But that isn't really the issue for Ruth Peters and the concerned mom.
Try talking with your son in order to understand his motivation as to why his friends all seem to be girls. If he is lacking in self-confidence when dealing with guys, help him to understand the basis of this problem and to put it in proper perspective. If he was teased years ago for lack of athletic ability, that may not be as important now as a teenager. In addition, he may have developed a new interest or skill that would now enhance his importance in a group of guys but he hasn't yet realized that he can use this new skill to develop male friendships.

Pathologizing again. How about this novel concept: "Try talking to you son ... and then JUST LISTEN." That's right, just listen without projecting your own phobias on the kid.
Another type of situation in which I see boys maintaining most friendships with girls is, of course, that they are very attracted to the opposite sex. Although having a girlfriend as a teenager can be exciting and a ticket to popularity, your son needs to learn how to set limits upon this behavior. Not only am I suggesting setting sexual limits, but also acknowledging that having a girlfriend tends to be a distracting, time-consuming affair which can take precedence over completing chores and studying.

Balance, again, is key — he needs to learn that other things in life are of equal importance as having a bunch of girls to hang around with.

Let's read that last sentence again (and we'll try to ignore the atrocious grammar):
... he needs to learn that other things in life are of equal importance as having a bunch of girls to hang around with.

Here, Dr. Peters has finally answered the question: Yes, there IS a problem, because the boy's friendships are a sign that there is something "he needs to learn". Once again, she is zealous in finding all the things that might be "wrong" with this poor boy's life.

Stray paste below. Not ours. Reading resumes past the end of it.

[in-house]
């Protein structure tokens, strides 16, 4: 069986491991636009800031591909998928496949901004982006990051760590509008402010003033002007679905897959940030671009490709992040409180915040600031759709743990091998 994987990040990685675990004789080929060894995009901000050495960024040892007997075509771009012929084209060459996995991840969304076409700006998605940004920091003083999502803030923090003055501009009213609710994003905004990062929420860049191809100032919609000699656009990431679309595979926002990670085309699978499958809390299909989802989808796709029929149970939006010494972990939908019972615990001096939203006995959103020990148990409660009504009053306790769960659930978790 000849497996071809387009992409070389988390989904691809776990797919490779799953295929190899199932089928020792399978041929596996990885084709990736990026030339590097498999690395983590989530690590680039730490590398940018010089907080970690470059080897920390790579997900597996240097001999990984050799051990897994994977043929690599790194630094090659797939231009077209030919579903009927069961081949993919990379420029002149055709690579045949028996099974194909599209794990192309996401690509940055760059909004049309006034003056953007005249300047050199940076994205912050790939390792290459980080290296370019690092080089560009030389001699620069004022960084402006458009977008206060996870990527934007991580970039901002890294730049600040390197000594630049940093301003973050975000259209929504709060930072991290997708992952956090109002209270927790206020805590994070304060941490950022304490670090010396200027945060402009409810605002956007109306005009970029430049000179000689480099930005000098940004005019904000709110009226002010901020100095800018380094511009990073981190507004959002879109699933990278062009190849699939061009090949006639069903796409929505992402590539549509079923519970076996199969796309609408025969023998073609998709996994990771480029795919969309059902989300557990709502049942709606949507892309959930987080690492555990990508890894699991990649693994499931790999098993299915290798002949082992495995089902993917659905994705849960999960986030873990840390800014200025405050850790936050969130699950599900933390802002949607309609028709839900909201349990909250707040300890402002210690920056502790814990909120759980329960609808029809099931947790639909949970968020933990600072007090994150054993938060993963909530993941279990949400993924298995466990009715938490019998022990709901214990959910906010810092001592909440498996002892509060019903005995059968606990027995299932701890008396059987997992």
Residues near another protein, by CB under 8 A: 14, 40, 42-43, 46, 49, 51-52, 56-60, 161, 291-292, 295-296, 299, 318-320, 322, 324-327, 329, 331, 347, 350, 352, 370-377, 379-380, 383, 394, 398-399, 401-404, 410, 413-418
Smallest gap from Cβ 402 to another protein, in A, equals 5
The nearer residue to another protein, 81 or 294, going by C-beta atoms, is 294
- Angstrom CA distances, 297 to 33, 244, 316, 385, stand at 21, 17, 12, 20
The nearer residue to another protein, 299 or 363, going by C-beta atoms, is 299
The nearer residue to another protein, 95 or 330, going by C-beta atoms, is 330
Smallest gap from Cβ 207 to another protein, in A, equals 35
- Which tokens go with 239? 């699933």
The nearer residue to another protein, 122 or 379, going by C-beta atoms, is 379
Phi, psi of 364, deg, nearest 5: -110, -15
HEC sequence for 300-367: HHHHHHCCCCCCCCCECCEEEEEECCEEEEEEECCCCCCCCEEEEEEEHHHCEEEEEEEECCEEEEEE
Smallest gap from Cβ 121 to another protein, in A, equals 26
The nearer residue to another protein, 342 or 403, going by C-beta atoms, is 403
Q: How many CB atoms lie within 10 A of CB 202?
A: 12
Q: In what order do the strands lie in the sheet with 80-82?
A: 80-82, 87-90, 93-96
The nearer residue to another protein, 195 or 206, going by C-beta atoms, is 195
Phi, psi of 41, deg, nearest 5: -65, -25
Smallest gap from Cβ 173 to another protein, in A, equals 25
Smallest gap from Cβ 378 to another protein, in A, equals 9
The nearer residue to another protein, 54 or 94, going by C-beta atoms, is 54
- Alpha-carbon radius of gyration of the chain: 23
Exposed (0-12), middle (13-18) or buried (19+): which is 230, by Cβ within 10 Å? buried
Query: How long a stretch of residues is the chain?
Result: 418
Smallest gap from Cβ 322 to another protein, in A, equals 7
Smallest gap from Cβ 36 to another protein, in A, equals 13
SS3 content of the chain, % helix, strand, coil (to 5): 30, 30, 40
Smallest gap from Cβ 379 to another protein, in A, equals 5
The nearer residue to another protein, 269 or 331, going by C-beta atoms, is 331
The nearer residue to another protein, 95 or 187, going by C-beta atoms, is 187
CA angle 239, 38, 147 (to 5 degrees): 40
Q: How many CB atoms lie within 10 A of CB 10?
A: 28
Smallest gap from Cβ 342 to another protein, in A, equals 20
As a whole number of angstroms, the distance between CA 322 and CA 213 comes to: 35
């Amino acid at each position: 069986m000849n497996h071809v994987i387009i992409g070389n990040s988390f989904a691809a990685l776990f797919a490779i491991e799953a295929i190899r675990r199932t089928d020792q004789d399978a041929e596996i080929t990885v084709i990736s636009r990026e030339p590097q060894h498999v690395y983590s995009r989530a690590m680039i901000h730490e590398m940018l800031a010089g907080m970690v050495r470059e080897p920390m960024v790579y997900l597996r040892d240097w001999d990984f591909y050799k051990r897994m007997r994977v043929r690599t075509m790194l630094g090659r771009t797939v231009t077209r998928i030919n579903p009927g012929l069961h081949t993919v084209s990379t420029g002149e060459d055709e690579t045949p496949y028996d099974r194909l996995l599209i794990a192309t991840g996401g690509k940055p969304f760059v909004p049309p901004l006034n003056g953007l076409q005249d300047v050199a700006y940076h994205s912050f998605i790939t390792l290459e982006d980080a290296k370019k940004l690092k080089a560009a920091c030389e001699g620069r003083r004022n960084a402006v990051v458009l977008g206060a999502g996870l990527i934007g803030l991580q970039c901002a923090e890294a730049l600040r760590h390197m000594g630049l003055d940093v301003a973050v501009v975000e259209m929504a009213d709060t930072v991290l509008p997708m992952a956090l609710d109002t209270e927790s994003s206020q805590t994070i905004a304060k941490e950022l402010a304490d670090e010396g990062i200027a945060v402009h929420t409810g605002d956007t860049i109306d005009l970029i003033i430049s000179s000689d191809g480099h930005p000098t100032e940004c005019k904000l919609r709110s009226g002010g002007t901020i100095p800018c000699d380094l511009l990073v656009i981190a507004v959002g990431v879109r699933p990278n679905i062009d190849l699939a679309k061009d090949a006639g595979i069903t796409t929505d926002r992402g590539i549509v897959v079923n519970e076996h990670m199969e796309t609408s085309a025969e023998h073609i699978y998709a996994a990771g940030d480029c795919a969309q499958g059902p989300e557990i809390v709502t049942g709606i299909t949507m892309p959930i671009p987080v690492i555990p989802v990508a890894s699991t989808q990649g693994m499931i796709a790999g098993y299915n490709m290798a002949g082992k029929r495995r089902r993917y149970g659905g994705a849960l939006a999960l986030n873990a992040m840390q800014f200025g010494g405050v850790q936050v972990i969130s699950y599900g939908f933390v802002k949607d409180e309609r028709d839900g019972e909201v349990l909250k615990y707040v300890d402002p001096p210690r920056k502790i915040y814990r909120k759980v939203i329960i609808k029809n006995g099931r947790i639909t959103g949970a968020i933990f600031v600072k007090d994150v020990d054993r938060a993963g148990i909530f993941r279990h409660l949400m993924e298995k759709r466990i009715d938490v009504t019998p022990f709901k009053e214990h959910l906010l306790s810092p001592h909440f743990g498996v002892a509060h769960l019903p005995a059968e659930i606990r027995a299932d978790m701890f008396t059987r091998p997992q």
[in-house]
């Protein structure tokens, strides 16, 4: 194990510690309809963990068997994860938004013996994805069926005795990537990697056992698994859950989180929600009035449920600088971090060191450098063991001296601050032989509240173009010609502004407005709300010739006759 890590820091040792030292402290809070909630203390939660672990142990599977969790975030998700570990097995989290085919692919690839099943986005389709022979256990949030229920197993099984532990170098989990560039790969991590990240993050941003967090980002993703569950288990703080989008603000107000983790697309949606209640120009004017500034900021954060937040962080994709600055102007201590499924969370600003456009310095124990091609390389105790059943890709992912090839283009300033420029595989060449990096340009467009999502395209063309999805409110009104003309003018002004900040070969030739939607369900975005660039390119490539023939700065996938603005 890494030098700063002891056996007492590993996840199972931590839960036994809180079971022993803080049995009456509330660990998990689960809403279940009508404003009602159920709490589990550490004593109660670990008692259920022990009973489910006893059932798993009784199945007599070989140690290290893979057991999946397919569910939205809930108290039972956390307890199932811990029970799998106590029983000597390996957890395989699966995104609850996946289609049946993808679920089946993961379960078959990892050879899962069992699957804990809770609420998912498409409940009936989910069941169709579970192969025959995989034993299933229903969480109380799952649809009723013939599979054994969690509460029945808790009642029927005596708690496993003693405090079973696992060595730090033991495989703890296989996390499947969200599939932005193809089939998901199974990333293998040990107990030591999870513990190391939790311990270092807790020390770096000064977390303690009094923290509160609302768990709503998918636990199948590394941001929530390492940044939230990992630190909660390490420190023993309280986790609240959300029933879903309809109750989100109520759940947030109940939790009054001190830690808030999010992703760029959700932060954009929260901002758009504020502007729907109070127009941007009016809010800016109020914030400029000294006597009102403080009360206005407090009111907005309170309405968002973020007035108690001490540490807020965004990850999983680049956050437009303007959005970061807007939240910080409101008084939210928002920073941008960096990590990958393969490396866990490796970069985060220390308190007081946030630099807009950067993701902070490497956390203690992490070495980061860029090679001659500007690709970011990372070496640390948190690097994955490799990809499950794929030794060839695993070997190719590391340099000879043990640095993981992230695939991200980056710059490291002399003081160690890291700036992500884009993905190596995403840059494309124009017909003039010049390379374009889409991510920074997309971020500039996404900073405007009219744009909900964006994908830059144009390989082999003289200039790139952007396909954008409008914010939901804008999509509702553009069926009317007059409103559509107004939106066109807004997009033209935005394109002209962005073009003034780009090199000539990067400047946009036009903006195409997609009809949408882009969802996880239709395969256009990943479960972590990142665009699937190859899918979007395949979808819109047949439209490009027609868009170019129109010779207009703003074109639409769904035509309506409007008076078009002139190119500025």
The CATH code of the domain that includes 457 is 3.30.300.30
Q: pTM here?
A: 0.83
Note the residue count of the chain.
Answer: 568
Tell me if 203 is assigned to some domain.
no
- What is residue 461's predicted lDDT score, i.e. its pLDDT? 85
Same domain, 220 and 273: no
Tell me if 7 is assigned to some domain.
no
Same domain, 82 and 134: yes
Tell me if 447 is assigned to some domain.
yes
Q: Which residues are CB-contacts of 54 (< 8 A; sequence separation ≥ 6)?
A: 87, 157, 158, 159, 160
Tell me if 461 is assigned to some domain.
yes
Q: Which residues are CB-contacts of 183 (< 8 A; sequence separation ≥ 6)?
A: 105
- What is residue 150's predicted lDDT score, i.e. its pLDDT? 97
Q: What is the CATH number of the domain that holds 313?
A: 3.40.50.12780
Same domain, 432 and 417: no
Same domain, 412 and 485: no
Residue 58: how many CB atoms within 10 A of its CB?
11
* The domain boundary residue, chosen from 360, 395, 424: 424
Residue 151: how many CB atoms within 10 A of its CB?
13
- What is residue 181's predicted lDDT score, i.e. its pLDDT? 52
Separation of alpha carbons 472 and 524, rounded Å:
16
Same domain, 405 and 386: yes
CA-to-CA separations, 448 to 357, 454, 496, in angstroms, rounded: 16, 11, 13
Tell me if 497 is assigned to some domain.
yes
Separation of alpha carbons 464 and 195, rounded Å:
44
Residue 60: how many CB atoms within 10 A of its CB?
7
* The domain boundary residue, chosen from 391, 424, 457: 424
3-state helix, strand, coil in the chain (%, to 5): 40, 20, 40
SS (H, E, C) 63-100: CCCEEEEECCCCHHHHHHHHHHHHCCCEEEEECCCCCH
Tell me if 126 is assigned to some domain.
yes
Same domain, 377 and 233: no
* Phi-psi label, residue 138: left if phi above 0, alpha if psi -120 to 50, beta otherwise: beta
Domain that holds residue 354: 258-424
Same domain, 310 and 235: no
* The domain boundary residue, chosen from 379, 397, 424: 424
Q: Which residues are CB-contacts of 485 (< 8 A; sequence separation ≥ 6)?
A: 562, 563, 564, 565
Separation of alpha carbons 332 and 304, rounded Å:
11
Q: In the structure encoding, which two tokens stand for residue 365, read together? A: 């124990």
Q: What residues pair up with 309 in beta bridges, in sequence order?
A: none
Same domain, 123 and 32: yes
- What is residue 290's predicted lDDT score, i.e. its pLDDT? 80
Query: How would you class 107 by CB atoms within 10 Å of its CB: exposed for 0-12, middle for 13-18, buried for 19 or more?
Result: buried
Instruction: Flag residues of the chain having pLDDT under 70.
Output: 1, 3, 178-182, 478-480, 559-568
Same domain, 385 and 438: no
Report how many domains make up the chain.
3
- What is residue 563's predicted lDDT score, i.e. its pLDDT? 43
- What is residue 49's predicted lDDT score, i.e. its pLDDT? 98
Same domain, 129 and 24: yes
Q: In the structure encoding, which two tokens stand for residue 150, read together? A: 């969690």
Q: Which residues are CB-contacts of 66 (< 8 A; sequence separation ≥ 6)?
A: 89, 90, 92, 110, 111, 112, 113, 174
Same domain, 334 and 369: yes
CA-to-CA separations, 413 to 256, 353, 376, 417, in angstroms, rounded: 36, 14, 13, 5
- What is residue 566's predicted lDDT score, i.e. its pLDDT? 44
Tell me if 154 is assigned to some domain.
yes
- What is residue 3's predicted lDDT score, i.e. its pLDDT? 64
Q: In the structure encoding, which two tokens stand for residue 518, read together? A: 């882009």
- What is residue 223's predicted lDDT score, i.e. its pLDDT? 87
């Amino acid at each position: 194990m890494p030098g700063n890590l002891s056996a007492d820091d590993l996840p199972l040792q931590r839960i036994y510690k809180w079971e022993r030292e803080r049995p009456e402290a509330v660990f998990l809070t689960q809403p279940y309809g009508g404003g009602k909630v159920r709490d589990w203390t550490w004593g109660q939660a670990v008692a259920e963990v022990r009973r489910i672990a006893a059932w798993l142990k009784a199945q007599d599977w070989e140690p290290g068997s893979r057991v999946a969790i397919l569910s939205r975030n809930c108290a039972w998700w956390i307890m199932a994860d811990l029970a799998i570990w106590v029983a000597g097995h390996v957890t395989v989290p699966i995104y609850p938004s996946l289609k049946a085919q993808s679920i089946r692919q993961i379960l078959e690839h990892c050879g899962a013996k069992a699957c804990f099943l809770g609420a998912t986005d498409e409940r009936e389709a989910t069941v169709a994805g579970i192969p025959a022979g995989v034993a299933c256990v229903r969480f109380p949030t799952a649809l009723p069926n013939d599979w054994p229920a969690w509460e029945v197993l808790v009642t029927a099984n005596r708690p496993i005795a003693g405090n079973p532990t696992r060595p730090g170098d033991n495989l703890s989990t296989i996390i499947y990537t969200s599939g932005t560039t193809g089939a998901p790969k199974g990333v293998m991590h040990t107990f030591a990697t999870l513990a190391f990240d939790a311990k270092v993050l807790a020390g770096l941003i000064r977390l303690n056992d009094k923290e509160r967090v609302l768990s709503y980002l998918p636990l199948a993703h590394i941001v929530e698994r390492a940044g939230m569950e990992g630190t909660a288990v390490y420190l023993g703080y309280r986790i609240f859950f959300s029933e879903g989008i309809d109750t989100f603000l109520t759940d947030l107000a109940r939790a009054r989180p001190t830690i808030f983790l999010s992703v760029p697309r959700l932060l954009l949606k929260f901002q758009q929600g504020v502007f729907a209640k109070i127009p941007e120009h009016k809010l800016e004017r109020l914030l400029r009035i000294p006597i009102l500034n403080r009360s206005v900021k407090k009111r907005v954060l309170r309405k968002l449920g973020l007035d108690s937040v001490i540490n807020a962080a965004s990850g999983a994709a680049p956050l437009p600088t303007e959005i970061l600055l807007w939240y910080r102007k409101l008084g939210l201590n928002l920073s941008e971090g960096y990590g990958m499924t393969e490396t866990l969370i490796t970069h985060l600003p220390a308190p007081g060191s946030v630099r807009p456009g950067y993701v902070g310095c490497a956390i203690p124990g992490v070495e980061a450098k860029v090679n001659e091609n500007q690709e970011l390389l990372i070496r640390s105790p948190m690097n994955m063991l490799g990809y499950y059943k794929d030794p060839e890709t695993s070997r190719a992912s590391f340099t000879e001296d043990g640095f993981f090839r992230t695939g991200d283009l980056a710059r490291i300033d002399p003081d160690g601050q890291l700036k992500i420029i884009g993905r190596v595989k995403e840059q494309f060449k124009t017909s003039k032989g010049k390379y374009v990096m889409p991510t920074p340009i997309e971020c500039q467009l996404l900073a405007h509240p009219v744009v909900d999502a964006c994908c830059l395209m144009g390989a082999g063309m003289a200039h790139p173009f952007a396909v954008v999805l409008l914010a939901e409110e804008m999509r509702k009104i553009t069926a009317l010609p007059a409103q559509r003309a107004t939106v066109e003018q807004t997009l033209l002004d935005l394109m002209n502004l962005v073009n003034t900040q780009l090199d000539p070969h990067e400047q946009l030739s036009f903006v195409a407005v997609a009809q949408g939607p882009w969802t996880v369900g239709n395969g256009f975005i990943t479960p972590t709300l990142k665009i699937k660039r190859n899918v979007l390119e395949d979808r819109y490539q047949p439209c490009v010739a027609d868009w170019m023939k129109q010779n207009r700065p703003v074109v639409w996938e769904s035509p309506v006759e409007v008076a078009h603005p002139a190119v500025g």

In addition, he may find that guys cease to be friends with him if he focuses most of his time on the ladies. When his relationships break up, your son’s guy friends may not be there to buoy his spirits or to help him recover from his lost love. It may be a good idea to bring these issues to his attention now so he can begin to regain some balance in his life.

... "Balance" that, in the estimable Dr. Peters' judgment, he clearly lacks. But wait! There's one more possibility.
A third reason why some teenage boys tend to surround themselves with girls as friends is that they are questioning their sexual identity. Be cautious about jumping to this conclusion, as your child may be comfortable with a heterosexual lifestyle. However, some teen boys find that they are much more comfortable with girls their age — they may be able to relate better conversationally, and they are not distracted or threatened by sexual feelings if their friends were boys. If this is the case, I hope that your son can begin to discuss his sexual identity conflicts with you, and I do hope that you are supportive of his feelings. He may be convinced that he is gay, or perhaps confused due to feelings of attraction that he’s had toward members of the same sex. If he desires, counseling may help him to clarify his feelings, to see that he is accepted by his family regardless of sexual orientation and to be able to keep this aspect of his personality in balance with responsibilities found at home and at school.